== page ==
Colleagues remember Dr. Jeff Robbins

Drake Medalist and noted cardiovascular researcher died Aug. 20

Jeffrey Robbins, PhD, professor emeritus in the College of Medicine Department of Pediatrics and a Daniel Drake Medalist, died Saturday morning, Aug. 20, when he was hit by a car while riding his bicycle near his Indian Hill home. He was 71.

Even more tragically, the day was Robbins’ 50th wedding anniversary.

Robbins, who retired in 2019, was internationally known for his expertise in the molecular underpinnings of heart disease and the genetic basis of hypertrophic cardiomyopathy and heart failure. His early work led to the development of tools that are currently used worldwide to affect the protein complement of the heart. His work focused on understanding the behavior of both the normal contractile proteins and the mutations that cause cardiovascular disease. Robbins’ research advanced the understanding of both normal and disease-causing cardiac proteins.

“I would describe him as larger than life,” says Litsa Kranias, PhD, Hanna Professor of Pharmacology and Systems Physiology and Distinguished University Research Professor at the College of Medicine. “He was an amazing scientist and a leader in the cardiovascular field. He was a true mentor, a great and generous colleague and also a kind human being.”

Kranias had collaborated closely with Robbins since 1985 when he first joined the College of Medicine faculty as an associate professor in the Department of Pharmacology and Cell Biophysics.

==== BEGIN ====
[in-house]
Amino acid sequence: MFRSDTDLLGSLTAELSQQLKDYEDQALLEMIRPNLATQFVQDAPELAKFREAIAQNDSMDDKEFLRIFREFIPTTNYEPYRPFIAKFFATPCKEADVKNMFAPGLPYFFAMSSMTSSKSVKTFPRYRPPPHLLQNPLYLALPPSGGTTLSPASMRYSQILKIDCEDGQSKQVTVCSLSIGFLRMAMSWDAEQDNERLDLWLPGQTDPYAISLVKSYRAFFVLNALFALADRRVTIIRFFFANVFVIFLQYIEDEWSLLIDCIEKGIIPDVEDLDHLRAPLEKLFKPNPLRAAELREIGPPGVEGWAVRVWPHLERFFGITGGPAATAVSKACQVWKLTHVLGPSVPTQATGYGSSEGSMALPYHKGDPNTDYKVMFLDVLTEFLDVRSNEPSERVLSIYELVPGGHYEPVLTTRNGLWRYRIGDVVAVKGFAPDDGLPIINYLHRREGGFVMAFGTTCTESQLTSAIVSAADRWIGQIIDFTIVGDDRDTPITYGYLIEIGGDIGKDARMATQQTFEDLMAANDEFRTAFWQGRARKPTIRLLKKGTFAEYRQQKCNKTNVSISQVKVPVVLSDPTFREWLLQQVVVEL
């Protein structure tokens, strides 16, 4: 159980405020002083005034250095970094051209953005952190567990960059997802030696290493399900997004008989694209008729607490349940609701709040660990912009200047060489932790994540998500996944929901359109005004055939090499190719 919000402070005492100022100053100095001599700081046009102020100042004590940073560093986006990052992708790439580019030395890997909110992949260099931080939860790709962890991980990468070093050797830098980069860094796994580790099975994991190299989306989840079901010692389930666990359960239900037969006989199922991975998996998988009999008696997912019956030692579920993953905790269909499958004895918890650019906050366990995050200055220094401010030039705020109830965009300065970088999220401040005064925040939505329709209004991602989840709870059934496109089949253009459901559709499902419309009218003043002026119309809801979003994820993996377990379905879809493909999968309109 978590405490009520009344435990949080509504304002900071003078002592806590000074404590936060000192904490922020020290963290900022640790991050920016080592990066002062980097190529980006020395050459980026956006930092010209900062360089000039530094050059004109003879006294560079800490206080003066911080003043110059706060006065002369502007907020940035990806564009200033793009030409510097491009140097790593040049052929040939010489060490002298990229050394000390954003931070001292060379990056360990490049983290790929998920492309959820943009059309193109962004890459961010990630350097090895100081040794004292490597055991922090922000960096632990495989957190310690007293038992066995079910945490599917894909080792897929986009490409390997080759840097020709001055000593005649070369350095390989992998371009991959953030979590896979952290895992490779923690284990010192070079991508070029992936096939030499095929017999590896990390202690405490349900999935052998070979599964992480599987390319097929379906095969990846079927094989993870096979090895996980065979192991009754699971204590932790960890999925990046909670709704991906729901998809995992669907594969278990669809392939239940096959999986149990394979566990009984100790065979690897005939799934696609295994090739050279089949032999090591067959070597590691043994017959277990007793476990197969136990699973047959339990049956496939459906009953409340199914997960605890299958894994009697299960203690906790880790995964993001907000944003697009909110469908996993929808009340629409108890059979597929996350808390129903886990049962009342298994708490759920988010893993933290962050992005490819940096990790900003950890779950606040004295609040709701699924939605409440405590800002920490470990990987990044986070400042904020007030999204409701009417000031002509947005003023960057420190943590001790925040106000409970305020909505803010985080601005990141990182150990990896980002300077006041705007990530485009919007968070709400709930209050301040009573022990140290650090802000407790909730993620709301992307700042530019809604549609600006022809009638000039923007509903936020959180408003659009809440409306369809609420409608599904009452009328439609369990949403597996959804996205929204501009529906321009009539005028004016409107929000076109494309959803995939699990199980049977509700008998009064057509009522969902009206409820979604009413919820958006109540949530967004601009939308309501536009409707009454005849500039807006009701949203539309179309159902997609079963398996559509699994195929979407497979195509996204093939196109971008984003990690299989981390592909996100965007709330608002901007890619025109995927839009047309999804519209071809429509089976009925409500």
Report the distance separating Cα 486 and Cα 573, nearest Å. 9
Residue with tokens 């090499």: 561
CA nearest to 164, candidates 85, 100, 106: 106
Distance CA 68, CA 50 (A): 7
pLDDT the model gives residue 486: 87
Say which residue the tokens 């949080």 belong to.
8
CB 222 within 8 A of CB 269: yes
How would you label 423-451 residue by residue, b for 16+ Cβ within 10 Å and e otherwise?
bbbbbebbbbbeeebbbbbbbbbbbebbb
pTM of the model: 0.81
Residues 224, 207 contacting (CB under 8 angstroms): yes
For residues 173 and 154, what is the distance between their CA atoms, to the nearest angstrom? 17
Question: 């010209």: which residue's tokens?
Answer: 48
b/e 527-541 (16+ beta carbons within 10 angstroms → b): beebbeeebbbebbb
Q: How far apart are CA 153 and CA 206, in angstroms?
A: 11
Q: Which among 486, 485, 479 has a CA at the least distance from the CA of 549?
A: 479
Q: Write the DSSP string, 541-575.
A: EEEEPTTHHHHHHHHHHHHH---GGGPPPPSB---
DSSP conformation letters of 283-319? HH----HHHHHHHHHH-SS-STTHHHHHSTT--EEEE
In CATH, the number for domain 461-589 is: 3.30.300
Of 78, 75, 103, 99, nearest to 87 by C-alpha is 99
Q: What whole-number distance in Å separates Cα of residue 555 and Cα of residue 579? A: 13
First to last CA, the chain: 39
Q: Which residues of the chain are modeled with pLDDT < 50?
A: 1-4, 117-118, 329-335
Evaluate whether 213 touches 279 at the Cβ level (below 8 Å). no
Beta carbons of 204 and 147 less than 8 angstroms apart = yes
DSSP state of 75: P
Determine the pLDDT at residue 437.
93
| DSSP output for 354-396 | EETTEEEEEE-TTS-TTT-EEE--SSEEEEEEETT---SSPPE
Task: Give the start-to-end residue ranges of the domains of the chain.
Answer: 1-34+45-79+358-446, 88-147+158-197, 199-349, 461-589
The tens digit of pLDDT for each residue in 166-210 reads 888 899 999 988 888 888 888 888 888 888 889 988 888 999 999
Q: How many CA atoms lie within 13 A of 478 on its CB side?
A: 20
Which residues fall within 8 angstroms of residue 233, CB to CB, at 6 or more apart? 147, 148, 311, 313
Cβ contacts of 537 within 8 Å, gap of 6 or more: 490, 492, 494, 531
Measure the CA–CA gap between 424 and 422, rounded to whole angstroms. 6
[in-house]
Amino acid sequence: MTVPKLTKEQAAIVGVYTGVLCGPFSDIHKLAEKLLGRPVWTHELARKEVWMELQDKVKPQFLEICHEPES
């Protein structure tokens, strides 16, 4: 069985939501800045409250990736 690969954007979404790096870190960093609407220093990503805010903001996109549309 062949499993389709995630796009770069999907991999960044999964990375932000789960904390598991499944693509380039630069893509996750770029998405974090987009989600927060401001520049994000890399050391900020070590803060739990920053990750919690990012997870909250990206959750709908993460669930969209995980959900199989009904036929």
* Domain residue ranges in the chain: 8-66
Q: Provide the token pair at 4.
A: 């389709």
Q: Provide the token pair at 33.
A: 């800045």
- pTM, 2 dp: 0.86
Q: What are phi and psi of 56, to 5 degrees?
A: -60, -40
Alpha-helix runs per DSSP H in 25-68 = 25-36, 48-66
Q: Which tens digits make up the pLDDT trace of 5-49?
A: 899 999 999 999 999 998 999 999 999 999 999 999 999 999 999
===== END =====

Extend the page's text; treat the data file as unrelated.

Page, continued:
“He was my sounding board and somebody I could discuss everything with,” Kranias adds. “Jeff was very sharp and told you his honest thoughts. That’s what I’ll miss most about him, along with his smiling face that was always there for me.”


Jeffrey Robbins, PhD, professor emeritus in the Department of Pediatrics, died Sept. 20.

Sakthivel Sadayappan, PhD, MBA, professor and vice chair for basic research in the Department of Internal Medicine, began training with Robbins in 2002 as a postdoctoral fellow. Robbins later helped recruit Sadayappan back to UC from Loyola University Chicago Stritch School of Medicine in 2016.

“Jeff Robbins is a legend in the cardiovascular field,” Sadayappan says. “Whenever people asked him with proper justifications for help, he quickly responded and shared his reagents unconditionally. He always told me ‘sharing your reagents, sharing your knowledge, you will not lose anything. You will gain more.’”

Known as the “father of cardiac transgenesis,” Robbins developed reagents that helped scientists understand the actions of proteins responsible for human cardiac disease and design effective therapies.

Sadayappan says Robbins quickly evolved from a mentor to a close friend and colleague, adding that Robbins eventually became like a father to him and his family. He fondly recalls taking Robbins on a three-week trip in 2019 to visit his family in India and that Robbins told him it was the first real vacation he had ever taken. They were scheduled to return to India in 2021, but did not go because of COVID. They were planning a trip there next year.

“He was always there for me for anything. It’s so hard to believe and accept that he is no longer here,” Sadayappan says.

In 2009, Robbins received the Daniel Drake Medal, the highest honor awarded to faculty and alumni by the College of Medicine. On receiving the honor, he said: “My career was dictated by a number of character traits: I liked asking questions, I enjoyed working with my hands and I was pretty contemptuous and sometimes inappropriately outspoken in my views. I think all of these are good traits for a basic researcher.”